Why are bovinae a "subfamily", above Genus, when members can interbreed? Some like the beefalo are fertile, which is the normal defining characteristic of a species. And Genus are groups more distantly related, so by definition they should not be closely related species.


Species are not defined by whether they can interbreed, not even close.

In fact, there is no objective, scientific standard for what defines species, or genera, at all. What is a species is determined by little more than the "feels" of the individual naming it, or the committee approving it.

And the same is true of the entire rest of taxonomic structure. It's not really science, it's just a way of organizing ideas that got popular, and in fact is under constant assault now by somewhat more scientific things like genetic testing. The hierarchy of the taxonomic system changes pretty much daily, and has no official structure or definition at all. Even the number of kingdoms is entirely up in the air.

Getting back to the specifics here, since there is no objective, scientific standard for what is a species or genus, it's no surprise that separate ones can interbreed.

And it's not like bovines are the only ones. There are many other intergeneric hybrids possible, like sheep and goats, wheat and rye, camels and llama, house cats and servals, marine and land iguanas, et cetera.

Perhaps someday there will be objective definitions to establish a truly scientific taxonomy. But for the moment, it's just whatever people in positions of power feel makes sense, at any given moment.

List of Intergeneric hybrids

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    $\begingroup$ Although binning organisms into "species" is an artificial construct to allow conceptualization and organization of life's diversity, your post is misleading and seemingly misinformed. There are dozens of ways to "define " a species, which we term species concepts -- many of which do not rely on the ability for interbreeding as part of the "definition". These concepts are not defined by "people in positions of power", but rather used to varying degrees in the scientific literature as support for certain taxonomies. $\endgroup$ – theforestecologist Feb 12 '19 at 5:57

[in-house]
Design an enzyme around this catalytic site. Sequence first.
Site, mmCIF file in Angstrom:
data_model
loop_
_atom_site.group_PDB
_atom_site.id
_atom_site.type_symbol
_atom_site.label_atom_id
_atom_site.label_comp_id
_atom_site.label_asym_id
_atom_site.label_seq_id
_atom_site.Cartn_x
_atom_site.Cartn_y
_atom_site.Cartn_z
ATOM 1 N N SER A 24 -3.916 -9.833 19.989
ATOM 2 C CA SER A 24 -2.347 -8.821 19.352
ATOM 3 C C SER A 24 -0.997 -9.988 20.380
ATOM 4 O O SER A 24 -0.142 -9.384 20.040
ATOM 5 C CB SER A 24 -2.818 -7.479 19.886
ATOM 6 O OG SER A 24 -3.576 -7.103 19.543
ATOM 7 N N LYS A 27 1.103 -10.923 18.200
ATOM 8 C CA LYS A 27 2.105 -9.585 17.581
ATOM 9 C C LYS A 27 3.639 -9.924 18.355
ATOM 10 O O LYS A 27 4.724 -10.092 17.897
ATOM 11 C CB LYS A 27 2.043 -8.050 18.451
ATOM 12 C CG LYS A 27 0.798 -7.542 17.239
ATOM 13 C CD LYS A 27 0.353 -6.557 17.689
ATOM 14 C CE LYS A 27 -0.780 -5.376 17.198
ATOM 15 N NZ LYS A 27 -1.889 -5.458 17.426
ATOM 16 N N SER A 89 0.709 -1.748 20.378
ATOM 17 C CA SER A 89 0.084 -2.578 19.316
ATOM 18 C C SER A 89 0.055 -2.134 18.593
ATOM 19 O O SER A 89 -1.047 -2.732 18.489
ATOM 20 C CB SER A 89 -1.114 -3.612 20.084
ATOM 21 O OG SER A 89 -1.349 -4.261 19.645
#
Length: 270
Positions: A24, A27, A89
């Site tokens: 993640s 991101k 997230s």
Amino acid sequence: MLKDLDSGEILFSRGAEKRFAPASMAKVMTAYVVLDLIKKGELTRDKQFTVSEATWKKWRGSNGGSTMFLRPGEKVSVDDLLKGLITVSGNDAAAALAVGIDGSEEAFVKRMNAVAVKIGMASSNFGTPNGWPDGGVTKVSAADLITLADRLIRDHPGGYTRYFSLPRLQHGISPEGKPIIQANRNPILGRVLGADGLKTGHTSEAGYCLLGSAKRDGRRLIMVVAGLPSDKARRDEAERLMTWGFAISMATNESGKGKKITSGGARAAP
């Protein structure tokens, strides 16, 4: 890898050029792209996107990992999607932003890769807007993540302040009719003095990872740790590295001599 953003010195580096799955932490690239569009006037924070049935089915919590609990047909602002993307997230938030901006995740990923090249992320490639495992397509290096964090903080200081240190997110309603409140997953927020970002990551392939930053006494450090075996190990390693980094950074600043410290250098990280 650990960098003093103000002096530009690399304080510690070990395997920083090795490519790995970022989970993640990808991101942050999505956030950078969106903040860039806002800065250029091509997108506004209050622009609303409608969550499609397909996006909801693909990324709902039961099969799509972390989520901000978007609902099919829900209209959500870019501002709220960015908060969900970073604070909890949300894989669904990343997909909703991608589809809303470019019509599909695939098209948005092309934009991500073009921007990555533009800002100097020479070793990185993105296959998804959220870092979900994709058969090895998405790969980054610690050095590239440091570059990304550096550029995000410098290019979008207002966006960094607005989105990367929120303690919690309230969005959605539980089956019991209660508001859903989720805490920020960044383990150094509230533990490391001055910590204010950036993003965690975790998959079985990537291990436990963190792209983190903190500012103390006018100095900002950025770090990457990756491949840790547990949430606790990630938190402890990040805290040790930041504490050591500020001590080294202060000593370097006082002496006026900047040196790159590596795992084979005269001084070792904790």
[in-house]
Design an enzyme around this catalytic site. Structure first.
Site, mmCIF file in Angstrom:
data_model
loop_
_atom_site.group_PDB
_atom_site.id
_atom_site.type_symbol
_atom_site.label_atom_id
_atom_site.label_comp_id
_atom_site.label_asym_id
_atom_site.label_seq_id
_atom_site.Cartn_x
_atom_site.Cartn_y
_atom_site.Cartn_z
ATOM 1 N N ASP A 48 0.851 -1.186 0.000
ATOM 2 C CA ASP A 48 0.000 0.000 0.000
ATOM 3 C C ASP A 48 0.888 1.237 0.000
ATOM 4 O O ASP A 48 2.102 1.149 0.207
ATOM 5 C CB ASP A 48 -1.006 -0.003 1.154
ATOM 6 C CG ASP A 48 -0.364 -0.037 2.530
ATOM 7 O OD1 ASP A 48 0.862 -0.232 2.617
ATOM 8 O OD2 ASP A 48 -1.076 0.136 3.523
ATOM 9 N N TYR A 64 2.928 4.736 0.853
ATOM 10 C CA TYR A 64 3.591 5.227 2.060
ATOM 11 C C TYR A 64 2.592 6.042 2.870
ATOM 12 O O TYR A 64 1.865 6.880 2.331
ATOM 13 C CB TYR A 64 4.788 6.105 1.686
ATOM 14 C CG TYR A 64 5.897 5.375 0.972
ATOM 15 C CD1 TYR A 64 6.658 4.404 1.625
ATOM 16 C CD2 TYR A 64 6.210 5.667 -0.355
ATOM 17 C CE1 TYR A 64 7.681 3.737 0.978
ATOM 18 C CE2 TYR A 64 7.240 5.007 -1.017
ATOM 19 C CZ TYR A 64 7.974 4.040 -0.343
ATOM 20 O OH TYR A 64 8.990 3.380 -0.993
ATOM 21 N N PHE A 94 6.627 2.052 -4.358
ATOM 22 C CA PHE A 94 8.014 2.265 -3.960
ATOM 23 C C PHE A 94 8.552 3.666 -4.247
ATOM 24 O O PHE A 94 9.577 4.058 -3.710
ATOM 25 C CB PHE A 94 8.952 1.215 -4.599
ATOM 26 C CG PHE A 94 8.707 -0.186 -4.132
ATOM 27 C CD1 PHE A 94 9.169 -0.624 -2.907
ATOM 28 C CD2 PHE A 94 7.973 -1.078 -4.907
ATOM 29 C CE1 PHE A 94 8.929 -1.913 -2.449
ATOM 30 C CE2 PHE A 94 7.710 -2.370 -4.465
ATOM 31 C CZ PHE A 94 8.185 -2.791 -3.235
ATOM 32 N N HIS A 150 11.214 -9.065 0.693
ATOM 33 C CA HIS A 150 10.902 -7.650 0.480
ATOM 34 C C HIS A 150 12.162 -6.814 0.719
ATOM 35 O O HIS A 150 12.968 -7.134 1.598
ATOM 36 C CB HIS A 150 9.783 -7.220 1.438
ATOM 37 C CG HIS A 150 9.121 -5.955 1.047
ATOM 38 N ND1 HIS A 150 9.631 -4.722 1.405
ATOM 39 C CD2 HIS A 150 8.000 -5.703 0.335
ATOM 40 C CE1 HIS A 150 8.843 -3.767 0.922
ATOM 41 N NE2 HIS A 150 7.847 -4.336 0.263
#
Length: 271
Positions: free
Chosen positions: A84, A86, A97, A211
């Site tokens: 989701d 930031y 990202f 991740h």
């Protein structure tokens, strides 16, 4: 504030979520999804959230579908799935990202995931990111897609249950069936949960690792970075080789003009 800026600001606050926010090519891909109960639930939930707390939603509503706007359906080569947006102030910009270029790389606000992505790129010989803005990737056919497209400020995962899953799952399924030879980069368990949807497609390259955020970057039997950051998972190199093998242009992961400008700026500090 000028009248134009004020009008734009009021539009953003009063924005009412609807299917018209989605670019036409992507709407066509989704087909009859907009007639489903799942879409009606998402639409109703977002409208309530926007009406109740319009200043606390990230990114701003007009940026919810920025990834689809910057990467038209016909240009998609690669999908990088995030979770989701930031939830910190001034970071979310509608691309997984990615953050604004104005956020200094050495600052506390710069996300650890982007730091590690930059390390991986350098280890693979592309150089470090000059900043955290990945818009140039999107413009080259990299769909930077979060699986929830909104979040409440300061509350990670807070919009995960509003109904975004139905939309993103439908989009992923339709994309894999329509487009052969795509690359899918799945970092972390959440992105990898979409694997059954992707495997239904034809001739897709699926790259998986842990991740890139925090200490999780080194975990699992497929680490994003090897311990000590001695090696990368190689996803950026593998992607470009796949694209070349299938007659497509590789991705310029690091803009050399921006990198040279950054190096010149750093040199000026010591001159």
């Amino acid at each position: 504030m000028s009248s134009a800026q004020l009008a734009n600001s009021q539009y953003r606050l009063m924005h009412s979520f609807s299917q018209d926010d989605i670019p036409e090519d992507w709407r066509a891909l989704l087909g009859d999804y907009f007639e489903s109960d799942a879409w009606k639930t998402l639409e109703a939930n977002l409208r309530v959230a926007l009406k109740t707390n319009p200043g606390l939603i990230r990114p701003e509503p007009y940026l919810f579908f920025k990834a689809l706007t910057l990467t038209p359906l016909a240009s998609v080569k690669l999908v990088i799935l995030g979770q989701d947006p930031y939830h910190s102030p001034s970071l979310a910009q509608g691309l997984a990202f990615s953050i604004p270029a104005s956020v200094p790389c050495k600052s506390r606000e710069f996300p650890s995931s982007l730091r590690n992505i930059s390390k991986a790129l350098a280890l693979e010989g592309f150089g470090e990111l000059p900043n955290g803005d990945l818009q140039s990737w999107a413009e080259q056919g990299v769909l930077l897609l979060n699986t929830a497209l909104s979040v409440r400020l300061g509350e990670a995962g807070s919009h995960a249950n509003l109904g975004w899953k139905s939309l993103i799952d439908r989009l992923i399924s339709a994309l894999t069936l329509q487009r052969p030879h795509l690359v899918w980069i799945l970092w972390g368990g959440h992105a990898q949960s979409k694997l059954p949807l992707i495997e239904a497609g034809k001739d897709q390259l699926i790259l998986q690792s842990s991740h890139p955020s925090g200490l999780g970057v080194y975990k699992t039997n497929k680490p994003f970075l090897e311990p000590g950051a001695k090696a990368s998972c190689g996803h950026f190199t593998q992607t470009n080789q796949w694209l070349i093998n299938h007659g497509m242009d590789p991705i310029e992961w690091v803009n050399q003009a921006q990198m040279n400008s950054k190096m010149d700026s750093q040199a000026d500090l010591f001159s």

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    $\begingroup$ ...In other words, it's the peer review process that ultimately decides the value for binning species according to the concepts defined in various papers; not "people of power". Perhaps becomign more common are concepts based on genetics/phylogenetics as they seem to be somewhat more objective than more historically utilized concepts (e.g., morphology). $\endgroup$ – theforestecologist Feb 12 '19 at 5:59
  • $\begingroup$ You say that as if peer review were in any way a valid part of the actual scientific method, instead of being an impediment to it that cultivates conventional wisdom and censors ideas that sometimes turn out to be correct. $\endgroup$ – Kaz Vorpal Mar 2 '19 at 5:34

Different genus doesn't mean that they are very far away genetically, it means that they can be classified at a clear level above species.

Genus are not strict and codified, they give order in the animal world for groups of the nearest affiliation after species... based on: common ancestry, reasonably compact groupings, distinctness (of ecology morphology etc).

There are 143 bovidae in 50 genera, sheep to gazelle to wildebeest. cows are in the subfamily bovinae, made of 9 or 12 genera and three tribes.

They have decided that cows are of three types, buffalo's, bison's and bos/ox, in the tribe bovini, and that there oryx, kudu and bongo antelope are cousins of cows from a different bovinae tribe.

Scientists have agreed that bison can be grouped in a different group, genus, that zebu and cattle. It's logical.

enter image description here enter image description here vs enter image description here vs enter image description here enter image description here

They have agreed that indian cows, zebu, from indian aurochs, is in nearly the same as a cow derived from eastern aurochs, compared to the 5 species of buffalo. For example with pigeons, they have decided to group all the species related to the wood pigeon into one group, and the columbidae family actually has 42 genera of pigeons, mostly exotic and tropical ones, and even stuff like dodo's.


They make mistakes regarding genus as often as for species, and may have to swap around a species from one genus to another based on genetic evidence, even if two genus have members with parallel ecologies and appearances.

Taxonomists will say "Tragelaphus and Taurotragus genera are sometimes included with bovinae", the groups can be blurred and flexible.

It's a messy job for taxonomists. http://bioweb.uwlax.edu/bio203/s2007/hayes_katy/images/ruminants.bmp




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